Birefringent Crystals

Early Lesion of Silicosis

This early silicotic lesion consists of a collection of histiocytes filled with black pigment and crystals. Viewing the section with polarized light shows the crystals. (See below.)

Later, collagenous scar is deposited centrally to form a silicotic nodule.

Silica Particles

When viewed by polarized light, the above section reveals numerous small crystals that tend to be granular rather than needle-shaped as are silicates, which often accompany silica particles in tissue. Further, the silica crystals tend to be less bright than silicates. Thus, the presence of granular, dull crystals confirms the diagnosis of silicosis when typical silicotic nodules are present in the lung and the patient has a history of exposure to silica.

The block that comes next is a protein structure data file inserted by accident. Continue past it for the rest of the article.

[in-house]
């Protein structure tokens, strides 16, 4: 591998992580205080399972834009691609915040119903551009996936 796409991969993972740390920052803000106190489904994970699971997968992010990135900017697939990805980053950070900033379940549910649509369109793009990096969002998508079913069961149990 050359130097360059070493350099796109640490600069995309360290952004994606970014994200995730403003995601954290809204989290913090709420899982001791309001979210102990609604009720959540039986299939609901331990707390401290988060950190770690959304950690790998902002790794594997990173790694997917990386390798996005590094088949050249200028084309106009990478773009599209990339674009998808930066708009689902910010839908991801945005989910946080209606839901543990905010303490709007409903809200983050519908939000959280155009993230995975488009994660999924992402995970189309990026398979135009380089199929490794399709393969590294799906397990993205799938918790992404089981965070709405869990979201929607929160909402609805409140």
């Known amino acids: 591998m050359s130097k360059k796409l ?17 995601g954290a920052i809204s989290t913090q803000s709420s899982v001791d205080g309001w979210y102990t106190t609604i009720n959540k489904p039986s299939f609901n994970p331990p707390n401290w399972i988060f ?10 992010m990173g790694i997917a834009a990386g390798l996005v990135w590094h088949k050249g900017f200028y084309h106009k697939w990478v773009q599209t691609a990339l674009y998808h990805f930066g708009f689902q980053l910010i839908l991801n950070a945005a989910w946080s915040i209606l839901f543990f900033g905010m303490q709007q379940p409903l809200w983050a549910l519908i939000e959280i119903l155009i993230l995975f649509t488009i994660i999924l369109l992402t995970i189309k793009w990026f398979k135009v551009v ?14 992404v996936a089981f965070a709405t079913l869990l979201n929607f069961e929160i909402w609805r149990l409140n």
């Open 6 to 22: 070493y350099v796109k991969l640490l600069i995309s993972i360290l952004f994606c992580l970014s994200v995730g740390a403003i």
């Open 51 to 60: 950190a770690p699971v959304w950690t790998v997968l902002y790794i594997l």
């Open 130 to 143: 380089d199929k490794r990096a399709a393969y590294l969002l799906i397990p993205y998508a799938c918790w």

Confirmation of Silica in Tissues

By correlating findings on light microscopy, scanning electron microscopy, and energy-dispersive x-ray microanalysis (for elemental analysis), it has been shown that silica particles, as well as silicate particles, can be seen by light microscopy. The crystalline form of silica (whether alpha quartz, cristobalite, or tridymite) can be determined by X-ray diffraction [1].

 

Silicate Particles

Most of the particles in this section are elongate and more brightly birefringent than those above. These features are typical of silicates, particles which are also common in the soil. Some of the fainter, granular particles may represent silica.

Reference:

1. McDonald J, Roggli V. Detection of silica particles in lung tissue by polarizing light microscopy. Arch Pathol Lab Med 1995: 119:242-246. abstract

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